In this study, using mutated primers, we developed a PCR-RFLP method for the analysis of rs713598 C/G, rs1726866 C/T and rs10246939 G/A TAS2R38 SNPs. The molecular characterization of the TAS2R38 alleles was conducted after creating artificial restriction sites upstream or downstream of the SNPs of interest, as none of the three polymorphisms contributes to the formation of a restriction site for a specific endonuclease. To identify the first SNP (rs713598 C/G), the DNA was amplified with a mutated sense primer that creates, in PCR products, the first G nucleotide sequence GGCC recognition for HaeIII, thus allowing the cut of the sequence only when present in the fragment and the C allele, characteristic of taster subjects (Figure 2). In order to identify the second and third SNPs (rs1726866 C/T and rs10246939 G/A), we performed only one PCR reaction with both mutated pair primes. The sense primer was designed by introducing a double mismatch in its sequence, with the purpose of creating the first A and the third C of the recognition sequence AGCGCT for Eco47III endonuclease, allowing the cut of the sequence only when the fragment presents the C allele typical of the taster. The reverse primer was designed to introduce, in the same PCR product, the A nucleotide of the restriction site, GTAC, recognized by the RsaI enzyme. Through this modification, if the G allele typical of the taster is present along with the A nucleotide artificially introduced into the fragment, it leads to the formation of the first and the third nucleotides, respectively, of the cutting site recognized by the RsaI endonuclease (Figure 2). In order to verify the accuracy of the enzymatic digestions, all PCR samples were sequenced on both the forward and reverse strands with an ABI Prism automated sequencer. As has been widely reported in the literature, we found a match between PROP taster status and TAS2R38 gene haplotypes in the individuals studied. The statistical methods (Fisher’s method) showed, as fully described in the literature, a significant correlation (p < 0.0001), showing that the PAV haplotype is widely distributed in the general PROP tasters, while the AVI haplotype was distributed in non-tasters. As shown in Additional file 1: Table S1, and as was further observed by Calò et al. (2011), the large proportion of heterozygous PAV/AVI in the super-taster phenotype suggests that the TAS2R38 gene haplotypes justified the sensitivity to the bitter taste of PROP only in part, distinguishing only two phenotypes for the sensitivity to PROP: tasters and non-tasters. Molecular analysis of the rs2274333 (A/G) polymorphism of the CA6 gene, conducted in our previous study on the same 60 subjects, showed that the A allele and the AA genotype are more prevalent in the super-taster phenotype, while the GG genotype and the G allele are more prevalent in the non-taster phenotype (Tomassini Barbarossa et al. 2011). In view of the results obtained in the present study, we correlated the TAS2R38 gene polymorphisms with the rs2274333 (A/G) SNP of the CA6 gene in the three groups of subjects. According to the results obtained by Calò et al. (2011), a high percentage of PAV/AVI subjects, observed after restriction analysis and validated by sequencing data, can justify a super-taster phenotype when this heterozygous status is associated with the A allele of the rs2274333 CA6 polymorphism (Additional file 2: Table S2). Thus, the high sensitivity to PROP in the Sardinian population super-tasters seems to be determined by the association (p value <0.0001, calculated using the Markov Chain method) of gene haplotype PAV TAS2R38 with at least one A allele of the CA6 gene.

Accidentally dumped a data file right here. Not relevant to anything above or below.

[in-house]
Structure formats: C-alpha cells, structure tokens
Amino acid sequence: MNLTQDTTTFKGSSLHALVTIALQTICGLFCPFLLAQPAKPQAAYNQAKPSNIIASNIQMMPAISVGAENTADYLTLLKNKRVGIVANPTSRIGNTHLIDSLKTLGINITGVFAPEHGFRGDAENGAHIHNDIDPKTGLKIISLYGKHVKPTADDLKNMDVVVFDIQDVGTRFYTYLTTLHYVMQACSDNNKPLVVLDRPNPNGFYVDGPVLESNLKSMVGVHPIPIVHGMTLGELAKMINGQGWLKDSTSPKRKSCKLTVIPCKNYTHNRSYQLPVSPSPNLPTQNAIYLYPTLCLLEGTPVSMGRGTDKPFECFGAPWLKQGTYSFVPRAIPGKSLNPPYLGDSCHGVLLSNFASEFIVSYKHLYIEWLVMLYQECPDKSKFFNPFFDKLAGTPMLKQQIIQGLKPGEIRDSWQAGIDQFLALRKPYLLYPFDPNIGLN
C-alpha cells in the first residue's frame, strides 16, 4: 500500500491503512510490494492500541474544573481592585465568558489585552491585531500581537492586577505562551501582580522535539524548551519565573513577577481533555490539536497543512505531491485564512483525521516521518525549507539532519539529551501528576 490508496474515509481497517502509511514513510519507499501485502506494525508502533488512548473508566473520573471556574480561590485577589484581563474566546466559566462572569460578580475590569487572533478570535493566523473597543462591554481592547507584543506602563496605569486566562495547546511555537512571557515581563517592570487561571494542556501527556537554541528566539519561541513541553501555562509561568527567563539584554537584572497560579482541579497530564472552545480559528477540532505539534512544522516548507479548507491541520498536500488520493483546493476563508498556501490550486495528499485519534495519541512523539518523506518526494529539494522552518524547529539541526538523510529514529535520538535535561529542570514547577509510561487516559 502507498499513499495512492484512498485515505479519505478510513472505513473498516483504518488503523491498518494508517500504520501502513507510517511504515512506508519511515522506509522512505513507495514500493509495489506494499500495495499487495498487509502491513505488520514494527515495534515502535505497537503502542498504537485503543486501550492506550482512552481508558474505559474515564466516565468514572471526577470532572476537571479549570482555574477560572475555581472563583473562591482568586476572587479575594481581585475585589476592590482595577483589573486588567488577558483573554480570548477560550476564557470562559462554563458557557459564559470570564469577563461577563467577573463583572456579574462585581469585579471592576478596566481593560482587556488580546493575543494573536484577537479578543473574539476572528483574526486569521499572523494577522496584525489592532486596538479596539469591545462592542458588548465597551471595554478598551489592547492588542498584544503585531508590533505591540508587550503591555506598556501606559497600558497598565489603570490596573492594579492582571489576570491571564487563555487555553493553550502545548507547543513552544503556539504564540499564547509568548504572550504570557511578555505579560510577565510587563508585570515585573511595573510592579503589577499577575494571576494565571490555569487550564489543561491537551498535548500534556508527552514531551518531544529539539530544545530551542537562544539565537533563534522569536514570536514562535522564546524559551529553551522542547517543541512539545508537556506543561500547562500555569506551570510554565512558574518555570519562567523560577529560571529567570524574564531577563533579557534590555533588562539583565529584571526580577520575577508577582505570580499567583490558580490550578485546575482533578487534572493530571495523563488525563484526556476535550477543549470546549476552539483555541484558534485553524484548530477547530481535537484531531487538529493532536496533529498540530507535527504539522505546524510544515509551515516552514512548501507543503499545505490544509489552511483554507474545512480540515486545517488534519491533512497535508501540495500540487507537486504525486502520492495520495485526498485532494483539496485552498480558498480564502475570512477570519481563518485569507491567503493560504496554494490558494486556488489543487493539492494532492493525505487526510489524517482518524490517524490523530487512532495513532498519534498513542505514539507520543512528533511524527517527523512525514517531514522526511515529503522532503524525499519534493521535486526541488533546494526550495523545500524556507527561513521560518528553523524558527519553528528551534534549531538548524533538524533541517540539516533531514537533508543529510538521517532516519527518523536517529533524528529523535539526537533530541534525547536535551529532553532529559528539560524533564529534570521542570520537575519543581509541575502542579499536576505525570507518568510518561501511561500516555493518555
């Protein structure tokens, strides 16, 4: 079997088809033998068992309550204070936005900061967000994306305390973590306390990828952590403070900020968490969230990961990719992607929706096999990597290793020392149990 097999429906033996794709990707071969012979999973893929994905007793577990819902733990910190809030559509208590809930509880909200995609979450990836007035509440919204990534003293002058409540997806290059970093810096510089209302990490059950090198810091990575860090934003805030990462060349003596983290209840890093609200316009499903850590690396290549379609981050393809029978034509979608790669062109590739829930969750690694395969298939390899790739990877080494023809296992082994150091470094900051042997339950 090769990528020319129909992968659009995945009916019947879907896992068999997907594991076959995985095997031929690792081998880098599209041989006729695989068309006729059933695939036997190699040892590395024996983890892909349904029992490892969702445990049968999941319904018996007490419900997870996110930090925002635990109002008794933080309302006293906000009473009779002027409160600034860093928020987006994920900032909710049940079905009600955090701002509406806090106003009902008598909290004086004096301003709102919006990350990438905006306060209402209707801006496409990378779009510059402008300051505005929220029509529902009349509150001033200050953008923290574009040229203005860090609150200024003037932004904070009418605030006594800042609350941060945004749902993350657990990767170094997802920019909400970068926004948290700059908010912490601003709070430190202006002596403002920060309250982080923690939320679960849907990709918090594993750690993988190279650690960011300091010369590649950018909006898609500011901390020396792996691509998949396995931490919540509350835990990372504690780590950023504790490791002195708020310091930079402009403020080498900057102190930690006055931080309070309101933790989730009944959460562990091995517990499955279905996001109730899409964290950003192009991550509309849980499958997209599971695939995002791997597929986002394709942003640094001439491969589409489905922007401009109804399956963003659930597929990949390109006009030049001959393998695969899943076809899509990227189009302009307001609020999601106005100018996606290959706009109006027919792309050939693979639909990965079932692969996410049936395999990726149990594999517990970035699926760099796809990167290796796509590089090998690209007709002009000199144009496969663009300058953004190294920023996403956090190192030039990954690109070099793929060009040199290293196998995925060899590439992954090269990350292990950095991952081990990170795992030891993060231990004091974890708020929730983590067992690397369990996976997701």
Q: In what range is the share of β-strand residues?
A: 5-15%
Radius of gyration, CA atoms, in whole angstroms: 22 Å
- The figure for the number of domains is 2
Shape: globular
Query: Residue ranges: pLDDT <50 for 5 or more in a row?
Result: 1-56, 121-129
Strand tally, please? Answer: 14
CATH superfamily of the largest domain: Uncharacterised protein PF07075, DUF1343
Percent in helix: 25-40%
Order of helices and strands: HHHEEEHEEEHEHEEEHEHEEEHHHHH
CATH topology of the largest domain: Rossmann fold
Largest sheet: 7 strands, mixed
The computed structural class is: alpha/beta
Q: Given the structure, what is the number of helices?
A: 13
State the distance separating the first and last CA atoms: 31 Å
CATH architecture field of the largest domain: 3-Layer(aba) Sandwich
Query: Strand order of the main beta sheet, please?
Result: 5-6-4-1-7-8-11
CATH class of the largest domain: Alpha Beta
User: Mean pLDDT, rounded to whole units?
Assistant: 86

Even if the mutation does not result in a restriction site difference, it was possible to exploit the difference between the two allelic forms of each SNP of TAS2R38 gene, by amplification-created restriction site PCR. Thus, by using the PCR-RFLP technique developed in our laboratory, we established a simple, efficient and low-cost method that can be used in any laboratory equipped with basic instrumentation for the study of DNA, to determine the allelic forms of the TAS2R38 gene. Some of the important advantages of the PCR-RFLP technique include inexpensiveness and the lack of need for advanced instrumentation or extensive training of laboratory staff. Not all research laboratories have a DNA sequencer or else a real-time instrument to observe the SNPs by labeled primers or expensive TaqMan-type probes. Thus, such laboratories must send their samples to outside laboratories that are equipped with specific instrumentation. Some of the disadvantages of the PCR-RFLP technique could be that this experimental approach requires relatively large amounts of hands-on time when compared to other techniques such as direct sequencing. With regard to genotyping by sequencing, to obtain the nucleotide sequence it is, however, obligatory to have subjected the DNA to a PCR reaction. Also, the time employed for digestion of the PCR products using the PCR-RFLP method may also be the same as the time required for sequencing, especially if the rapid digestion restriction enzymes are used. Thus, the method described above, validated by direct sequencing, could be useful to reconstruct TAS2R38 gene haplotypes, and might represent an experimental strategy to identify differences in gustatory sensibility. Since taste perception plays a key role in determining individual food preferences and dietary habits, the method could be applied as a test of nutrigenetics in studies aimed at understanding eating behaviors. Until recently, TAS2R38 has been considered the only gene involved in gustatory sensibility to the bitter taste, but the data obtained in this study confirm, in a Sardinian genetic isolate, that TAS2R38 haplotypes and the polymorphisms rs2274333 (A/G) of the carbonic anhydrase VI gene might cooperate in the modulation of the phenotype related to sensitivity to PROP. Genetic differences in genes involved in taste perception between ethnic groups may contribute to differences in patterns of diet. Understanding these differences in genetic variations may help to explain ethnic differences in the risk for chronic diseases, and could lead to the development of appropriate public health measures of prevention.